### Supplementary Figure 4: Effects of de-trending polynomial order on the generalized fluctuation function of

### Supplementary Figure 5:Effects of de-trending polynomial order on the generalized fluctuation function of

### Supplementary Figure 6:Effects of de-trending polynomial order on the generalized fluctuation function of

### Supplementary Figure 7: Effects of de-trending polynomial order on the generalized fluctuation function of

### Supplementary Figure 8: Effects of detrending polynomial order on the generalized fluctuation function of

### Supplementary Figure 9: Effects of temperature and detrending polynomial order on the breakpoint

### Supplementary Figure 10: Temperature effects on the goodness of fit of Renyi exponent spectra (

### Supplementary Figure 11: MF-DFA. Effect of quadratic de-trending on Multifractal Detrended Fluctuation Analysis of

### Supplementary Figure 12: MF-DFA. Effect of cubic de-trending on Multifractal Detrended Fluctuation Analysis of

### Supplementary Figure 2:Effects of de-trending polynomial order on the generalized fluctuation function of *r(VO*_{2}) measured at 0ºC

_{2})

The figure shows the average generalized fluctuation function *F _{q}(s)* vs. time scale

*s*in log-log plots for

*r(VO2)*fluctuations using different de-trending orders. Figures in the top row show average results calculated for the raw time series measured at T

_{a}= 0ºC when data are detrended using (a) a linear function, (b) a quadratic polynomial and (c) a cubic polynomial. The bottom row shows the results for the shuffled time series when the data are detrended using (d) a linear function, (e) a quadratic polynomial and (f) a cubic polynomial. Open circles show the observed

*F*values for different values of

_{q}(s)*q*, with

*q*= 8, 4, 2,1,0, -1,-2, -4, and -8 (from the top to the bottom). All curves are shifted vertically for clarity. The straight lines are best piecewise linear regression fits to the

*F*functions. Dashed straight lines with slope

_{q}(s)*h=0.5*are shown below the data in each figure to allow qualitative comparison with the uncorrelated case.

### Supplementary Figure 3: Effects of de-trending polynomial order on the generalized fluctuation function of *r(VO*_{2}*)* measured at 5ºC

_{2}

The figure shows the average generalized fluctuation function *F _{q}(s)* vs. time scale

*s*in log-log plots for

*r(VO2)*fluctuations using different de-trending orders. Figures in the top row show average results calculated for the raw time series measured at T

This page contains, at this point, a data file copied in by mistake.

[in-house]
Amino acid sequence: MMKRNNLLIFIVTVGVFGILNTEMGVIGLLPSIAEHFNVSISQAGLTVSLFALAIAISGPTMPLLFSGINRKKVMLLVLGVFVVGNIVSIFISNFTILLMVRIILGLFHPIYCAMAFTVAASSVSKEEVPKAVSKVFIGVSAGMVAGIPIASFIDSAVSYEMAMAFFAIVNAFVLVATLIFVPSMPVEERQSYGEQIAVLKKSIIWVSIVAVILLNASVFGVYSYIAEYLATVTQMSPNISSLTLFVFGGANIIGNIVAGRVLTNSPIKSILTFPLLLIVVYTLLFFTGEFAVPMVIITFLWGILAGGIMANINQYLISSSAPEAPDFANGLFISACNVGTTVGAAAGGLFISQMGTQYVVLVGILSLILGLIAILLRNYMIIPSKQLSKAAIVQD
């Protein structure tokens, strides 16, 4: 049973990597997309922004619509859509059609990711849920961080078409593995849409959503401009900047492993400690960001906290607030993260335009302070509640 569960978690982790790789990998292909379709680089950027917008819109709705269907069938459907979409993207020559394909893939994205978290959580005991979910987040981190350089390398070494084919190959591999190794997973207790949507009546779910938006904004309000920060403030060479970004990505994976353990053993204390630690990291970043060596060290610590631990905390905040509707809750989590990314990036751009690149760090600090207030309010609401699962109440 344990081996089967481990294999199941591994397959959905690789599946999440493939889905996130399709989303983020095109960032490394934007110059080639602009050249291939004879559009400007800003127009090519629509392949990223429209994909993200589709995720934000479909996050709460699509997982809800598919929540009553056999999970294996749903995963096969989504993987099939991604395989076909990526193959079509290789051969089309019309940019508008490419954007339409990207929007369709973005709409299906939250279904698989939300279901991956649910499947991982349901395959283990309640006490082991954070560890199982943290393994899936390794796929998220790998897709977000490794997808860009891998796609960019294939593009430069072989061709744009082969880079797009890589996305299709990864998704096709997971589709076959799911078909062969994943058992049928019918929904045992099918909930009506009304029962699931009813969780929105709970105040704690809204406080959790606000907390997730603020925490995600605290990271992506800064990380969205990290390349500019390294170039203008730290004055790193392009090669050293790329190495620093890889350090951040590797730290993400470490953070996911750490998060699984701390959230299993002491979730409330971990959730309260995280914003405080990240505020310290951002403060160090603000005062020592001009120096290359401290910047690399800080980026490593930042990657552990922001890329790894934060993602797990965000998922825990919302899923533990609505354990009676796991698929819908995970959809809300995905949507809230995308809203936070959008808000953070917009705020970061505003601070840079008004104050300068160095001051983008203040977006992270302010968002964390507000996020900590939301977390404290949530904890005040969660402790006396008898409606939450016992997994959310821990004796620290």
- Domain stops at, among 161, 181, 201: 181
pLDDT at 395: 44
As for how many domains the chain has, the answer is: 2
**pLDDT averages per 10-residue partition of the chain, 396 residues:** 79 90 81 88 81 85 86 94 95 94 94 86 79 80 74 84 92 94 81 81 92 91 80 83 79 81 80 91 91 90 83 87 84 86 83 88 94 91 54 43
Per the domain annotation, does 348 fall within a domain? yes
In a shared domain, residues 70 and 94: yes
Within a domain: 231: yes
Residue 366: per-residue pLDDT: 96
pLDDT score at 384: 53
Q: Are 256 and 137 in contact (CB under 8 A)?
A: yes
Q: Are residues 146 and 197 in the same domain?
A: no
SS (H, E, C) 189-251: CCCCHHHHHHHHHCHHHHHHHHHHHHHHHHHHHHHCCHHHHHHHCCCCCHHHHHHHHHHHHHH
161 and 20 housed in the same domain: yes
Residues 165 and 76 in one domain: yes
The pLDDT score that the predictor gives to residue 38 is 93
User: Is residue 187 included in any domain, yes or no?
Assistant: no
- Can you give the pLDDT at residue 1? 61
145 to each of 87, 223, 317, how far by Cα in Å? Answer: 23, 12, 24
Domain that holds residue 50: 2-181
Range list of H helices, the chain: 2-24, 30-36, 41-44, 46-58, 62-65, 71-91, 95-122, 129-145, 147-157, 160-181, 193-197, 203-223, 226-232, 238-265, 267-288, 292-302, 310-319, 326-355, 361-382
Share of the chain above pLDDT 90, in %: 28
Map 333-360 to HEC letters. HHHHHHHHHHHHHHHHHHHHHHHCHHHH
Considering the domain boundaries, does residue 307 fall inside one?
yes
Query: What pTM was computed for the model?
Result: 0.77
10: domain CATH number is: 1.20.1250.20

_{a}= 5ºC when data are detrended using (a) a linear function, (b) a quadratic polynomial and (c) a cubic polynomial. The bottom row shows the results for the shuffled time series when the data are detrended using (d) a linear function, (e) a quadratic polynomial and (f) a cubic polynomial. Open circles show the observed

*F*values for different values of

_{q}(s)*q*, with

*q*= 8, 4, 2,1,0, -1,-2, -4, and -8 (from the top to the bottom). All curves are shifted vertically for clarity. The straight lines are best piecewise linear regression fits to the

*F*functions. Dashed straight lines with slope

_{q}(s)*h=0.5*are shown below the data in each figure to allow qualitative comparison with the uncorrelated case.

### Supplementary Figure 4: Effects of de-trending polynomial order on the generalized fluctuation function of *r(VO*_{2}*)* measured at 10ºC

_{2}

The figure shows the average generalized fluctuation function *F _{q}(s)* vs. time scale

*s*in log-log plots for

*r(VO2)*fluctuations using different de-trending orders. Figures in the top row show average results calculated for the raw time series measured at T

_{a}= 10ºC when data are detrended using (a) a linear function, (b) a quadratic polynomial and (c) a cubic polynomial. The bottom row shows the results for the shuffled time series when the data are detrended using (d) a linear function, (e) a quadratic polynomial and (f) a cubic polynomial. Open circles show the observed

*F*values for different values of

_{q}(s)*q*, with

*q*= 8, 4, 2,1,0, -1,-2, -4, and -8 (from the top to the bottom). All curves are shifted vertically for clarity. The straight lines are best piecewise linear regression fits to the